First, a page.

Triple A Salad (Avocado, Arame and Almonds)
This is one of Mary Shaw's very popular whole foods salad recipes. Mary was an inspirational teacher at Bastyr University for many years and currently runs a cooking program for the Ashland (OR) Food Coop.
4 cups salad greens
3 tablespoons brown rice vinegar
2 tablespoons maple syrup
2 teaspoons dijon mustard
½ teaspoon sea salt
2 teaspoons poppy seeds
1 tablespoon sesame oil
2 tablespoons toasted sesame oil
- Pre-heat oven to 350 degrees F, and roast the almonds on a dry cookie sheet for 7-10 minutes or until aromatic. Coarsely chop them and set aside.
- Wash the salad greens in a sink full of cold water. Spin or pat dry. Drain arame and add to the greens.
- Combine vinegar, maple syrup, salt and poppy seeds in a small bowl, using a whisk add oils.
- Drain arame and add to the greens. Slice avocado in long strips and and add to salad greens. Add chopped almonds.
- Toss with dressing to combine just before serving.
Preparation time: 15 minutes
Nifty info on sea vegetables
• Sea vegetables are unique because of their intense mineral content. Some say the 30% of every bite of sea vegetables is minerals. This is because sea vegetables are bathed in sea water where over 100 minerals and trace elements can be found.
• Sea vegetables have 10 -20x the minerals of land plants. They are an excellent source of iodine, calcium and iron.
• Sea vegetables provide these nutrients in an easily assimilated form - living plant tissue. Way more effective than a pill.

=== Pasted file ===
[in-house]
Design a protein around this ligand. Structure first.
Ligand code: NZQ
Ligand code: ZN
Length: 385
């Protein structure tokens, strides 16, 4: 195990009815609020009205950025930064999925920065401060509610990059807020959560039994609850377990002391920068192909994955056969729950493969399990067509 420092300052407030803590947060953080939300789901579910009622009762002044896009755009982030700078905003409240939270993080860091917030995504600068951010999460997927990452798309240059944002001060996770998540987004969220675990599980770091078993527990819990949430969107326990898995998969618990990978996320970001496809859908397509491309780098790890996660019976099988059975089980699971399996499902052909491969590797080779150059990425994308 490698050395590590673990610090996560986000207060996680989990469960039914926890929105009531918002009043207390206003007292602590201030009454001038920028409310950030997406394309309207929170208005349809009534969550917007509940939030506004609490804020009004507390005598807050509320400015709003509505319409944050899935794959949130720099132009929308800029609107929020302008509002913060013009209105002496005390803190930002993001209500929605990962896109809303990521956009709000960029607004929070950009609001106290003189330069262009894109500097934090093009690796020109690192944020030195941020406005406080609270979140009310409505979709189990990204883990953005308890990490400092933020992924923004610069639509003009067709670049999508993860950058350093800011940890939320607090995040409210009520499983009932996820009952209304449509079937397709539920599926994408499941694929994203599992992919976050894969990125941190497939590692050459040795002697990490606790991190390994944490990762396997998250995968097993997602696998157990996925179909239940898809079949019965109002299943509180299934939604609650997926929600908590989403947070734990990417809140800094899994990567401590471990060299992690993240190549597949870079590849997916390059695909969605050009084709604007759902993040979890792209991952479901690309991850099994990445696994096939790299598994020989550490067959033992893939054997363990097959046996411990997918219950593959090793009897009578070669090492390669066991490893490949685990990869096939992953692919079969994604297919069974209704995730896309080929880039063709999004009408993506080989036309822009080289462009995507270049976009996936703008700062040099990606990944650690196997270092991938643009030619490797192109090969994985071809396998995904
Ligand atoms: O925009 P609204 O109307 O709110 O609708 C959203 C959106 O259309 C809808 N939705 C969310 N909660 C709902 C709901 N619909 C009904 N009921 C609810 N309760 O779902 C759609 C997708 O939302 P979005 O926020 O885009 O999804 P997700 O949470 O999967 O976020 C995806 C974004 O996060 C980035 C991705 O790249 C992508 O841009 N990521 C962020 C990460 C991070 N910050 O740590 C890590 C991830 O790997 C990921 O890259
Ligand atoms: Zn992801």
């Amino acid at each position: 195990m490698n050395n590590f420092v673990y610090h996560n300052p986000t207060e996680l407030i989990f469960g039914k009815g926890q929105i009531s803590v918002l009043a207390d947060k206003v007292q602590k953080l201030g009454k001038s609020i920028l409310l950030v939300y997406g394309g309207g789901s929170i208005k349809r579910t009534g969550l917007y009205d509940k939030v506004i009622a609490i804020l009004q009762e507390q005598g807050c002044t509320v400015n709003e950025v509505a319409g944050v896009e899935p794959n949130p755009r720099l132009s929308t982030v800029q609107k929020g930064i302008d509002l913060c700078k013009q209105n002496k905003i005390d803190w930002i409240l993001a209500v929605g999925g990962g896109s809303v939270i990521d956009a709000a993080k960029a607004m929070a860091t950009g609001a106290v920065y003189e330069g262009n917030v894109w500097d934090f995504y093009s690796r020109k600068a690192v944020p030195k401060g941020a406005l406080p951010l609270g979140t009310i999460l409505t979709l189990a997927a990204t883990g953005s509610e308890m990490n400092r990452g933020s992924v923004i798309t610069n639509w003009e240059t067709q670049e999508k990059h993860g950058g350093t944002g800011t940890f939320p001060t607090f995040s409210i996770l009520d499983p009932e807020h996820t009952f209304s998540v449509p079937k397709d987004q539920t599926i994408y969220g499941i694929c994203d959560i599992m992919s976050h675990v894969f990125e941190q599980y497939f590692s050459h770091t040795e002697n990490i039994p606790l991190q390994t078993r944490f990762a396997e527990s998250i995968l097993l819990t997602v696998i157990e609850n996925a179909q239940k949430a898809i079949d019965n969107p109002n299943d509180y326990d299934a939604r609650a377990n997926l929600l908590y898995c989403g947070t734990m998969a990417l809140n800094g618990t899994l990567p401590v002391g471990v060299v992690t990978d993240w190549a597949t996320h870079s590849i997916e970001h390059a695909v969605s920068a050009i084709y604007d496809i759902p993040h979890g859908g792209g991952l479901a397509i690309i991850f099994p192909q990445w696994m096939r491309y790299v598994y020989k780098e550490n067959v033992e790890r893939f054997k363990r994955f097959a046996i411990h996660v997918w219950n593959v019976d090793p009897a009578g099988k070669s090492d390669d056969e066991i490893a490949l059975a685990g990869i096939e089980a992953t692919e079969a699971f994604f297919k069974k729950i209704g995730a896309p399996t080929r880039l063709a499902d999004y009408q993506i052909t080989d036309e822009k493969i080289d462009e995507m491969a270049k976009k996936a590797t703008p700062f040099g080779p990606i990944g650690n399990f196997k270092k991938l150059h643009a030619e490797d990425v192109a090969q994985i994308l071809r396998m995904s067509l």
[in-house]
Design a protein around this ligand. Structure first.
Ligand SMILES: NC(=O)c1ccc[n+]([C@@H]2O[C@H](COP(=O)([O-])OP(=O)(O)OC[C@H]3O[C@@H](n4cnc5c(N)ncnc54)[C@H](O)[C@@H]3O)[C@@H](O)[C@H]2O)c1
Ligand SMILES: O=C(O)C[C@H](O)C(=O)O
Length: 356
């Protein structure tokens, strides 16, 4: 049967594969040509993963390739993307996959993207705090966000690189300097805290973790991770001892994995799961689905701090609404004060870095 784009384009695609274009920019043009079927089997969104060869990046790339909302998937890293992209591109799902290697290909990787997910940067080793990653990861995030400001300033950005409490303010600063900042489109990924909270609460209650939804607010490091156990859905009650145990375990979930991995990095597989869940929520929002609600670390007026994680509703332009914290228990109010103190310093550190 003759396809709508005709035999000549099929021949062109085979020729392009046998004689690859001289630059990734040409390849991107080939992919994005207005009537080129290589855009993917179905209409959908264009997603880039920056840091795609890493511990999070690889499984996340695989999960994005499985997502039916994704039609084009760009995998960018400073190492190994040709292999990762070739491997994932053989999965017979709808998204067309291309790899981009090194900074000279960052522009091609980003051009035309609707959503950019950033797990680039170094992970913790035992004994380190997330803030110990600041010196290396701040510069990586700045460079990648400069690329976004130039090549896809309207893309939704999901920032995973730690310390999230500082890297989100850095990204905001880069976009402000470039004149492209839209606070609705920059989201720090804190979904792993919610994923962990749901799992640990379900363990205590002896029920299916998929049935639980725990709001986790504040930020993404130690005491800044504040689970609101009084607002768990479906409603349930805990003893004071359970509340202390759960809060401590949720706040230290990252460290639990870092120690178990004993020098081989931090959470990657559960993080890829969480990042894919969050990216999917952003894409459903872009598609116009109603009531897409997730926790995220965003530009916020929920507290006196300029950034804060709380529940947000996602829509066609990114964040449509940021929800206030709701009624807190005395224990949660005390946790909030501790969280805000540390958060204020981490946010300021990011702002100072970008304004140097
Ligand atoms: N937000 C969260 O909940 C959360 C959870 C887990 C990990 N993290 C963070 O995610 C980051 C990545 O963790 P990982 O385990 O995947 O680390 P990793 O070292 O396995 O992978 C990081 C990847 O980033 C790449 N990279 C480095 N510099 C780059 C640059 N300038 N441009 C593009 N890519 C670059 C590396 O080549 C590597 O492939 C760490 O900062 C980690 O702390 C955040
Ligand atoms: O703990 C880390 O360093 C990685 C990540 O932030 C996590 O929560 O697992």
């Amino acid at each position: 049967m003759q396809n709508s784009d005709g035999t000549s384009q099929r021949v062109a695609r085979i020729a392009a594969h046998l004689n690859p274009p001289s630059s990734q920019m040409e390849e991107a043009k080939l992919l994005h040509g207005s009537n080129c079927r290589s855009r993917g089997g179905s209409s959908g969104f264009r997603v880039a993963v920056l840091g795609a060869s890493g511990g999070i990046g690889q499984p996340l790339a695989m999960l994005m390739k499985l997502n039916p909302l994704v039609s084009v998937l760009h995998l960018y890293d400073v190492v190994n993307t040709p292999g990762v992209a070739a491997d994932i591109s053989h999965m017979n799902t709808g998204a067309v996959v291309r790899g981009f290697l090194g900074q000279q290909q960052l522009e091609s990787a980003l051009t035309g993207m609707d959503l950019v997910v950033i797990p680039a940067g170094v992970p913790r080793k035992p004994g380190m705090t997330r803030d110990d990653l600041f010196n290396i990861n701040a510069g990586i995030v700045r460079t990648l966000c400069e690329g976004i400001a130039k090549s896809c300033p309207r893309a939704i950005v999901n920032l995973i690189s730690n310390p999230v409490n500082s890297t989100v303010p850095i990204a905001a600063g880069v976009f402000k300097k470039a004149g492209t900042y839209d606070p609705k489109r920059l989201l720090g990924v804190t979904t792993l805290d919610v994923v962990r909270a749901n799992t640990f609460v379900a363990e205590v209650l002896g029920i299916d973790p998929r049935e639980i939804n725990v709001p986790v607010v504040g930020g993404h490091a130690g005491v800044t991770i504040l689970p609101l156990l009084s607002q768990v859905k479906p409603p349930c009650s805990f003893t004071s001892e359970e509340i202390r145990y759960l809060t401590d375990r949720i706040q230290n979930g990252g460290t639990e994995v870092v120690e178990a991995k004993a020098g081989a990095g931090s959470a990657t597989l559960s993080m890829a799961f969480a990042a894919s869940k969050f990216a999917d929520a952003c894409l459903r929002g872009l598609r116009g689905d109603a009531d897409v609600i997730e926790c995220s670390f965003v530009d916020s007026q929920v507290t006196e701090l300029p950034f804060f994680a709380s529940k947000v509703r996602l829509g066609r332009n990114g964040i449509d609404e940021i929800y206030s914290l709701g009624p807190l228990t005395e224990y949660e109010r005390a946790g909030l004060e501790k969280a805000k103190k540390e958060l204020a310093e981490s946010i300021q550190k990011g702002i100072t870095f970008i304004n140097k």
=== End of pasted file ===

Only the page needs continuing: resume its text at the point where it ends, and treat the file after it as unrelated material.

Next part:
• They are made of a carbohydrate that passes through the body as a complex fiber cleansing the digestive system.
• Look for "wild" and "hand harvested" on the label to avoid sea vegetables grown in tanks.
• Store sea vegetables in tightly sealed containers at room temperature where they can stay fresh for at least several months.
Bravo and a beautiful salad! By the way did you and that guy ever hook up....
May 31, 2011, 2:37 pm
Salad looks really yummy. But where does one find dried arame - short of jumping in the Sound? Well, and then I suppose it would be wet arame, wouldn't it?
May 31, 2011, 3:10 pm
Cynthia, I am intrigued by the sea vegetables because of how incredibly nutritious they are, however....I'm not a fan of fishy flavors. Does Arame have a fishy flavor?
June 1, 2011, 10:10 pm
Hi Mary - you'll have to stay tuned!
Claudia - arame can be found in health food markets, Asian markets or online.
Amy - it does not taste fishy. Tastes mineral-y.
June 2, 2011, 8:00 am
Hi, LOVE your site, I'm a Bastyr Grad ND 2007 practicing in hawaii and will send patients to this site. Thanks!
June 3, 2011, 2:27 pm
I love this salad, but sometimes can't get my hands on arame. Any good substitutes? How would nori work?
November 5, 2011, 1:07 pm
Hmm. Thin strips of nori could be added in at the last minute (they don't like to be wet). Hiziki works too.
November 5, 2011, 2:17 pm
All of these As are my fav things! I'm gonna make this tomorrow. Btw, arame is pretty easy to find in the Asian section of some higher end grocery stores, and I pick mine up at PCC.
Thanks for calling my attention to this recipe!
June 20, 2016, 7:04 pm